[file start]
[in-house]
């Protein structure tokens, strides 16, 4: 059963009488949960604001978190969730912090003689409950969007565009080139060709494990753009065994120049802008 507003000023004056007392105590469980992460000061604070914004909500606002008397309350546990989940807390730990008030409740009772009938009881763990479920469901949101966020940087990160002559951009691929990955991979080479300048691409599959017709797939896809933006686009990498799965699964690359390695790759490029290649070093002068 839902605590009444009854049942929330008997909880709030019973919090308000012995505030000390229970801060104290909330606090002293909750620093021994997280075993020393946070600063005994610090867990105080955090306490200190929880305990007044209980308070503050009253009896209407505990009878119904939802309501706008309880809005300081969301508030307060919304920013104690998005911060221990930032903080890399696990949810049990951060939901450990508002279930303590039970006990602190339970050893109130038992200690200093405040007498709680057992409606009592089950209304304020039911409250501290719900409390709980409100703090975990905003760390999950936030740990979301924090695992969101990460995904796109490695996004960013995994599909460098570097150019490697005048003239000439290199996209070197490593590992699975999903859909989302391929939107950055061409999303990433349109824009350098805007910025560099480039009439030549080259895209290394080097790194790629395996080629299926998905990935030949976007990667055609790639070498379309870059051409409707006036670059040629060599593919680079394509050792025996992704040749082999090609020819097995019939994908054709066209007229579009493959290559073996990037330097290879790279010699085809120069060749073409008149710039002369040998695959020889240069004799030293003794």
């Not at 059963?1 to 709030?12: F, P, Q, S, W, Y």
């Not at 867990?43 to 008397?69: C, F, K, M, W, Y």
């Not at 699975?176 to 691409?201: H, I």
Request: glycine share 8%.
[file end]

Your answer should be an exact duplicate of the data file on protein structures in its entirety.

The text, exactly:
[in-house]
């Protein structure tokens, strides 16, 4: 059963009488949960604001978190969730912090003689409950969007565009080139060709494990753009065994120049802008 507003000023004056007392105590469980992460000061604070914004909500606002008397309350546990989940807390730990008030409740009772009938009881763990479920469901949101966020940087990160002559951009691929990955991979080479300048691409599959017709797939896809933006686009990498799965699964690359390695790759490029290649070093002068 839902605590009444009854049942929330008997909880709030019973919090308000012995505030000390229970801060104290909330606090002293909750620093021994997280075993020393946070600063005994610090867990105080955090306490200190929880305990007044209980308070503050009253009896209407505990009878119904939802309501706008309880809005300081969301508030307060919304920013104690998005911060221990930032903080890399696990949810049990951060939901450990508002279930303590039970006990602190339970050893109130038992200690200093405040007498709680057992409606009592089950209304304020039911409250501290719900409390709980409100703090975990905003760390999950936030740990979301924090695992969101990460995904796109490695996004960013995994599909460098570097150019490697005048003239000439290199996209070197490593590992699975999903859909989302391929939107950055061409999303990433349109824009350098805007910025560099480039009439030549080259895209290394080097790194790629395996080629299926998905990935030949976007990667055609790639070498379309870059051409409707006036670059040629060599593919680079394509050792025996992704040749082999090609020819097995019939994908054709066209007229579009493959290559073996990037330097290879790279010699085809120069060749073409008149710039002369040998695959020889240069004799030293003794």
């Not at 059963?1 to 709030?12: F, P, Q, S, W, Y």
């Not at 867990?43 to 008397?69: C, F, K, M, W, Y």
């Not at 699975?176 to 691409?201: H, I």
Request: glycine share 8%.